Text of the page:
The short story is that if you have a standard configuration things should work entirely as you’d expect. That is, download the archive which, these days, comes as a RedHat “rpm” file. Become “root” and enter “rpm -ivh oracle-xe.rpm” and wait a bit. The install goes away and creates all the required users, starts up the listener and creates a default empty database.
CentOS, for those that have not come across it, is a Linux operating system built from the same source package as RedHat Enterprise Linux but without the support contract.
The first thing to note is that the few problems that I had were probably my own fault. Hardware was the main one. At home I’ve moved almost exclusively to Macs, and the one x86 Linux machine is a Via C3 running at 533Mhz and only has 512Mb of memory, both some way below Oracle’s recommended minimum.
So I downloaded the oracle-xe-10.2.0.1-1.0.i386.rpm file, switched to root and entered rpm -ivh oracle-xe.rpm. And it didn’t work.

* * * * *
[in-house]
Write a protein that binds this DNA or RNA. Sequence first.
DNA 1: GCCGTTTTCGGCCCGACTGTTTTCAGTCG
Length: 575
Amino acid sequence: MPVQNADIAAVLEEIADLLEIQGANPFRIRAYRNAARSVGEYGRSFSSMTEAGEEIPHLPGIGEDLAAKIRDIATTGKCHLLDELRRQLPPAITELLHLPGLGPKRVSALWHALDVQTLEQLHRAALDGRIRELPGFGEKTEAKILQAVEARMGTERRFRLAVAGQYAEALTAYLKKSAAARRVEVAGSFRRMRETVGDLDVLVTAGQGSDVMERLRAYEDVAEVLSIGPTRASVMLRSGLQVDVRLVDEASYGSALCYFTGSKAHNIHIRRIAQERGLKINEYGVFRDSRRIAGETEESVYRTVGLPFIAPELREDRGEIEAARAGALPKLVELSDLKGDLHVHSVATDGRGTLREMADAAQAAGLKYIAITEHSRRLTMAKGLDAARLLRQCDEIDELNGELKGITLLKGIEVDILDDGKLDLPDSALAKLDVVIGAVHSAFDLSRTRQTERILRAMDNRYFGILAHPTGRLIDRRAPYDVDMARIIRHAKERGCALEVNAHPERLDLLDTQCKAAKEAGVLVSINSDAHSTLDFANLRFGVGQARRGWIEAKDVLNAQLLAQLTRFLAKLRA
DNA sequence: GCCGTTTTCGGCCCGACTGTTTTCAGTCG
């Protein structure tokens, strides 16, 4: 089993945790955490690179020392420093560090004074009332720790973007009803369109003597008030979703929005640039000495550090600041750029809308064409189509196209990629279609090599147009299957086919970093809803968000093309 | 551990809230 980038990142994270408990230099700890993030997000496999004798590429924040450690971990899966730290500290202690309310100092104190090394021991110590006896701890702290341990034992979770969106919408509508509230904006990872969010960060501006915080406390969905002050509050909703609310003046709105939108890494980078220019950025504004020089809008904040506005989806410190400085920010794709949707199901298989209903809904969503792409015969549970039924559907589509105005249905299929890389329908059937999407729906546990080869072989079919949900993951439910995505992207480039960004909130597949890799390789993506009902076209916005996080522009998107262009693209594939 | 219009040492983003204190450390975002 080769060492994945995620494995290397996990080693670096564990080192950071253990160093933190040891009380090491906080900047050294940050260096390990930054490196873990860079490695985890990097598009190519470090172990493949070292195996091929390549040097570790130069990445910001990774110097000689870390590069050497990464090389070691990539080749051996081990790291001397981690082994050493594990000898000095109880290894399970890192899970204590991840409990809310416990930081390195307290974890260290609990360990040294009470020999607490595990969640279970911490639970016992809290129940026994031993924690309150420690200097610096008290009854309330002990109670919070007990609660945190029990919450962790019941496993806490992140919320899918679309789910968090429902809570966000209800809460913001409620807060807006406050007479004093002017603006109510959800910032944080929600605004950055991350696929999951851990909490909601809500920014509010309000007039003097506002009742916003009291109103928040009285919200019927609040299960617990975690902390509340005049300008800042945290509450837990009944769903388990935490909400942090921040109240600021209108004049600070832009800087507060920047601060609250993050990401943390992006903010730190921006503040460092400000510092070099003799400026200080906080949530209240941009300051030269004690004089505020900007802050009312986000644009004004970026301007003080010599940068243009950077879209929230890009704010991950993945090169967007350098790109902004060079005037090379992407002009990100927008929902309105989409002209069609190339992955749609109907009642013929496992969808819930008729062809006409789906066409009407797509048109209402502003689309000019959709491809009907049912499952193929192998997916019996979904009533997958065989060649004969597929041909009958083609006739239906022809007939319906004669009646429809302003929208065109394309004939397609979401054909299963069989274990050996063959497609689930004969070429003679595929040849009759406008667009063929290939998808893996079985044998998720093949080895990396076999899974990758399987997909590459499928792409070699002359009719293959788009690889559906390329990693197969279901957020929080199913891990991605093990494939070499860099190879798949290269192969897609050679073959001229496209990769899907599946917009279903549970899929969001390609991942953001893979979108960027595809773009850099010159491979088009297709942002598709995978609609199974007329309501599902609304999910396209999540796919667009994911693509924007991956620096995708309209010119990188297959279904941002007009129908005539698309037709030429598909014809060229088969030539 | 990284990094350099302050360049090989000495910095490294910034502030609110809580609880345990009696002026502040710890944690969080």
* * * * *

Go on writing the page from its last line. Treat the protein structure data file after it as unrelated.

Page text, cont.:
On the plus side, it told me exactly what the problem was: I didn’t have libaio installed. I installed it (yum install libaio) and tried again.
It took a long time to create and start the database, but this is Oracle and this is an old, slow machine, and everything I have tried so far is operating correctly.
To be honest, the only problem I have found so far is that I can’t get the web admin interface working from a remote machine. If I click the button to enable the option, I get a blank page in Firefox and no luck from the Mac end. Bouncing the database (/etc/rc.d/init.d/oracle-xe restart) seemed not to make any difference.
If you come across any further problems (or solutions) please do add a comment below.